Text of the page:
Biomimetic designs advance optical performance

July 1, 2009
Discovery of the structure of a lobster’s eye grabbed the attention of Michael Land of the University of Sussex in England in the 1970s–and inspired a new range of optical designs.

Discovery of the structure of a lobster’s eye grabbed the attention of Michael Land of the University of Sussex in England in the 1970s–and inspired a new range of optical designs.

Lobsters’ eyes–and those of shrimp, crayfish, and a few other animals–include arrays of channels that reflect light from a wide range of angles to one spot of focus (see www.laserfocusworld.com/articles/311580). In other words, a lobster’s eye provides a very wide field of view. “A lobster lives in turbid waters and must see the whole hemisphere above it, and with good light-gathering optics,” says George Fraser, director of the University of Leicester’s Space Research Center.

In 1979, Roger Angel of the University of Arizona wondered if Land’s findings might be transformed into a lobster-eye-like device that could “see” x-rays. A wide-angle instrument that captures x-rays would be very useful in astronomy, because the sky produces lots of varying x-rays emissions, and telescopes–even supposedly wide-angle ones–see only about a degree of the sky at a time. During the 1980s, interest in a lobster-inspired telescope languished. By 1989, however, Keith Nugent and his colleagues at the University of Melbourne and Australia’s Commonwealth Scientific and Industrial Research Organization (CSIRO) revived the idea–even providing a design for such a telescope.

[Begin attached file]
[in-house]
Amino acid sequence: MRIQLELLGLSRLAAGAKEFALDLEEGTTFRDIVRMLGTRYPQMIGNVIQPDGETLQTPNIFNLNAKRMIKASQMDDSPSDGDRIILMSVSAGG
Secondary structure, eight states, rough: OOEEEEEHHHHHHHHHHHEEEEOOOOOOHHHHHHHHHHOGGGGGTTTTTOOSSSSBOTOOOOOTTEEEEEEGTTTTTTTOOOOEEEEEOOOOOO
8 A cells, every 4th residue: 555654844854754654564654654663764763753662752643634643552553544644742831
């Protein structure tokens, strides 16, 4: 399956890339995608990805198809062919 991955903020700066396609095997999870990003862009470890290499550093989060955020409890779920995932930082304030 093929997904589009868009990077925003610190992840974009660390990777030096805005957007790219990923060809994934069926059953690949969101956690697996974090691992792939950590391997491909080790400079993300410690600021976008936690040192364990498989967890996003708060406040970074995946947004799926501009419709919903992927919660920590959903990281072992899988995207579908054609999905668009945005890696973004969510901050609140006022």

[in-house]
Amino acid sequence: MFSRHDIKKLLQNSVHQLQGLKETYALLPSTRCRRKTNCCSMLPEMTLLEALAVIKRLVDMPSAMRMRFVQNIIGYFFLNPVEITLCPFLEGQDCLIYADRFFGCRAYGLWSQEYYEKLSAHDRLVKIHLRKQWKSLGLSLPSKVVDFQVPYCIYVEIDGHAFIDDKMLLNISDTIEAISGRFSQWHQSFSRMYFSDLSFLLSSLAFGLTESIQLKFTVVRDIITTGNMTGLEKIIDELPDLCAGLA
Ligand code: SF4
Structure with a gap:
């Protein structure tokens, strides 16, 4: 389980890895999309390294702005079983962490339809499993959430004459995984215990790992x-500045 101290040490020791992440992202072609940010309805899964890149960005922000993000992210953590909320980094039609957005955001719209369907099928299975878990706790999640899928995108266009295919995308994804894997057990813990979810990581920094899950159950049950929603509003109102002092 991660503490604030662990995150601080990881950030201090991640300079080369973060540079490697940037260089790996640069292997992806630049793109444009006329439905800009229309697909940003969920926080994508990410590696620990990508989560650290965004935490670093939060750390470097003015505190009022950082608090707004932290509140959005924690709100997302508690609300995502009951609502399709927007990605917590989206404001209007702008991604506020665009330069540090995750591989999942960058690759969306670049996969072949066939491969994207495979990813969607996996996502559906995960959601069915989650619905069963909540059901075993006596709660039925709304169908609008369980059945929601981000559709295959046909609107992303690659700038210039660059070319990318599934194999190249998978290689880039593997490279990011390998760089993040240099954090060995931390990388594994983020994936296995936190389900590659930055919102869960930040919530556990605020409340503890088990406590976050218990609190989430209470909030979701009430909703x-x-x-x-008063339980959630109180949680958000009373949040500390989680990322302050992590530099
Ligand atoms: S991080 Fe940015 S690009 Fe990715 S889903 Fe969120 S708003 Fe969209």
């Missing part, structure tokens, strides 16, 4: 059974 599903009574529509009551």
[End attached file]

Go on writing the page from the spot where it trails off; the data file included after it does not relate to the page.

In fact, numerous structures in nature provide ideas for optics. “There are multiple places where we steal from nature,” says Paul Gelsinger-Austin an R&D engineer at Edmund Optics (Barrington, NJ). (See www.bioopticsworld.com/articles/355177). “We get all of our equations from it.”

Lobsters in space

No matter how an astronomer wants to look at x-rays, the device needs to be in space–above the atmosphere, which absorbs the x-rays. So Fraser and his colleagues started designing Lobster-ISS, which was a lobster-inspired x-ray device intended to be used on the International Space Station (ISS).